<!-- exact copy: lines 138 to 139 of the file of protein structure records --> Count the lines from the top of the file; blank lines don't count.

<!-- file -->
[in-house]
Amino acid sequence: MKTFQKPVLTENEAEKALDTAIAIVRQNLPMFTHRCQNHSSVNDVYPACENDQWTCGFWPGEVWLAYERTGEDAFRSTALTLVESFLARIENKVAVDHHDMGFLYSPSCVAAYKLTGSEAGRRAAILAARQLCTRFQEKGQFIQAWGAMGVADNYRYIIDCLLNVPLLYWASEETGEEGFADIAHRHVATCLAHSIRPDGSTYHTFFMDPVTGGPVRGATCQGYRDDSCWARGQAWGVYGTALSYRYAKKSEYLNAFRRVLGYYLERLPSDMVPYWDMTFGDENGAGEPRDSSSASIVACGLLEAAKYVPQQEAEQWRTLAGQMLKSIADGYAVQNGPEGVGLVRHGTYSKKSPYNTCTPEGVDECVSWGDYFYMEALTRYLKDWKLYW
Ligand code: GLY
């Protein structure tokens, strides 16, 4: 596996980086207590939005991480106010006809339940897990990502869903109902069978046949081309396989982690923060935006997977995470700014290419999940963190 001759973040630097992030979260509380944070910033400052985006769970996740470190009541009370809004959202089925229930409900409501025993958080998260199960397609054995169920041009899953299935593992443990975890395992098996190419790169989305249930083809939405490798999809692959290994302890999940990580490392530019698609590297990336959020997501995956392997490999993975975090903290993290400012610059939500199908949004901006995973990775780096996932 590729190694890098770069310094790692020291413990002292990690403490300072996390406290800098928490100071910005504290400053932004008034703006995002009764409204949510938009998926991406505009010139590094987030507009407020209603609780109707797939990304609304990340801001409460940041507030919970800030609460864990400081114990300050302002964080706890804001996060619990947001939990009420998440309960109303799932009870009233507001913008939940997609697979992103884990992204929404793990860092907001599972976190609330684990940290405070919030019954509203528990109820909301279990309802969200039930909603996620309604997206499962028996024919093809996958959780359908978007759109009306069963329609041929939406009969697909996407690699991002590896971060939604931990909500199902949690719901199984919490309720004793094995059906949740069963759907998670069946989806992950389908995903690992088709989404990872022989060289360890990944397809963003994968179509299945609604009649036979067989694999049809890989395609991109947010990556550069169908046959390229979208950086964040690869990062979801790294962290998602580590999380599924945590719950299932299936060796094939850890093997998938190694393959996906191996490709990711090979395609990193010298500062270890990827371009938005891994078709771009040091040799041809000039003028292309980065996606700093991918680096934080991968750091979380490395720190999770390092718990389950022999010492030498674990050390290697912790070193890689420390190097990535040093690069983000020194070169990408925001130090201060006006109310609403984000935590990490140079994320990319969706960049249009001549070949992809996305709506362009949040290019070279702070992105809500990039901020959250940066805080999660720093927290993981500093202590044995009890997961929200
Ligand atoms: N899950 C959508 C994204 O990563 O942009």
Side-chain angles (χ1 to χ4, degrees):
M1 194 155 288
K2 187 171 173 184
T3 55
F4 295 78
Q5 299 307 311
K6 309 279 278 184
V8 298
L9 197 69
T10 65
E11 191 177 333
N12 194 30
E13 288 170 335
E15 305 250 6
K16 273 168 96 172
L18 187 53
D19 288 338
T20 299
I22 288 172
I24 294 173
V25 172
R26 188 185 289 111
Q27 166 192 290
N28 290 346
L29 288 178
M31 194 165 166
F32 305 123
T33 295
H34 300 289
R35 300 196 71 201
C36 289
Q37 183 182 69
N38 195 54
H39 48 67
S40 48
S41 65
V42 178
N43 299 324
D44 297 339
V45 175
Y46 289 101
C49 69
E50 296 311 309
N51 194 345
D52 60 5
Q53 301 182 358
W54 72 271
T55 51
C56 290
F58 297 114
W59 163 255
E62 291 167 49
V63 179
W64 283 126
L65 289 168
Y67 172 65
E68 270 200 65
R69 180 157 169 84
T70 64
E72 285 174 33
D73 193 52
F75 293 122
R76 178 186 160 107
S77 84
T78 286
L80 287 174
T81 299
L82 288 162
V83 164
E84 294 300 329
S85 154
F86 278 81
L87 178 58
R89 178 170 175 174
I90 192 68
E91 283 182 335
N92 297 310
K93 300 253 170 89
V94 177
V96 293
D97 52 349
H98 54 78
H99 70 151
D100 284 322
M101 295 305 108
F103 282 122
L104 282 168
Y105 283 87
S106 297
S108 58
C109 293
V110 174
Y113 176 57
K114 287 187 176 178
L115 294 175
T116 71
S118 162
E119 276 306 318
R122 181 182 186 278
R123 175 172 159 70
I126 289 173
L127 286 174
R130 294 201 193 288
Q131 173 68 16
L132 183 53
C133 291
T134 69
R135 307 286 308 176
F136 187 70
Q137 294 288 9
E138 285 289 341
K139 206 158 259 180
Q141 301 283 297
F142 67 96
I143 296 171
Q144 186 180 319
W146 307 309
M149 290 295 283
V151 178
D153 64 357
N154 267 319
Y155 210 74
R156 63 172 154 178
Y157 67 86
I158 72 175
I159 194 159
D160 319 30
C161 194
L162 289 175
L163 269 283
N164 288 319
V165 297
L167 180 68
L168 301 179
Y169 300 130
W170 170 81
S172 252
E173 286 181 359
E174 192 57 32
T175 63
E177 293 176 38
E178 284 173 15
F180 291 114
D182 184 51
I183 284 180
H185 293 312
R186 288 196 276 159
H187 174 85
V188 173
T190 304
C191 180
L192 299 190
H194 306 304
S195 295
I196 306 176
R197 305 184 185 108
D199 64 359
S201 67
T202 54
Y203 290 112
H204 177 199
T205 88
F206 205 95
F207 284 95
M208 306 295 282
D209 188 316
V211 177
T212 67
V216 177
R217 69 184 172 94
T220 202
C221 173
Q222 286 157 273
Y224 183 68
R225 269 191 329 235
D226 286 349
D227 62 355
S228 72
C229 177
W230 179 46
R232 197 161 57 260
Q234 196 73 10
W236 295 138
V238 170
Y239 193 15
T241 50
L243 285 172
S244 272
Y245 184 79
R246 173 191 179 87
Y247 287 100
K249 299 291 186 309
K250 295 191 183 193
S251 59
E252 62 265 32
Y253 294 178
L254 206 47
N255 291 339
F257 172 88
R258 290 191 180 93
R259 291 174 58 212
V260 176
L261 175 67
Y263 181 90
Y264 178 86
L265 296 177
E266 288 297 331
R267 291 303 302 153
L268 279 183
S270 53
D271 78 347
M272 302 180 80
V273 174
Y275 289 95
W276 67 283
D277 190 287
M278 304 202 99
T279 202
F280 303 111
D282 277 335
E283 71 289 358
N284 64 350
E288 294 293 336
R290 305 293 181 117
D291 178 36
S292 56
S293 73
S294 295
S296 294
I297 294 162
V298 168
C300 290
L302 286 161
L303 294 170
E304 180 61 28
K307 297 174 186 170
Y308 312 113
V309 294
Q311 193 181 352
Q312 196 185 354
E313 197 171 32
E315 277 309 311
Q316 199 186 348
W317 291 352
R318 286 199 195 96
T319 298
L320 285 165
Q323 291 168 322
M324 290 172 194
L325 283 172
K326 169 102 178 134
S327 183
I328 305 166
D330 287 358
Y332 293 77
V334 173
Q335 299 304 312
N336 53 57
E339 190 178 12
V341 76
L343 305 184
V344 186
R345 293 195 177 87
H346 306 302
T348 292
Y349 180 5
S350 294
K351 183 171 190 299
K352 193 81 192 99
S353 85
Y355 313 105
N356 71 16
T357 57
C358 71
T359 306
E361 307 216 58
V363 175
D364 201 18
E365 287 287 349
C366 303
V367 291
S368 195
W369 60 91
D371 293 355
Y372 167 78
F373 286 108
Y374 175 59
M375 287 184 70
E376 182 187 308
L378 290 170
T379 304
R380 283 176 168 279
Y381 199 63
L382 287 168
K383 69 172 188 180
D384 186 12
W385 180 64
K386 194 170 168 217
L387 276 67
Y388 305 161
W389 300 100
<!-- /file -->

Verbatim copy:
L167 180 68
L168 301 179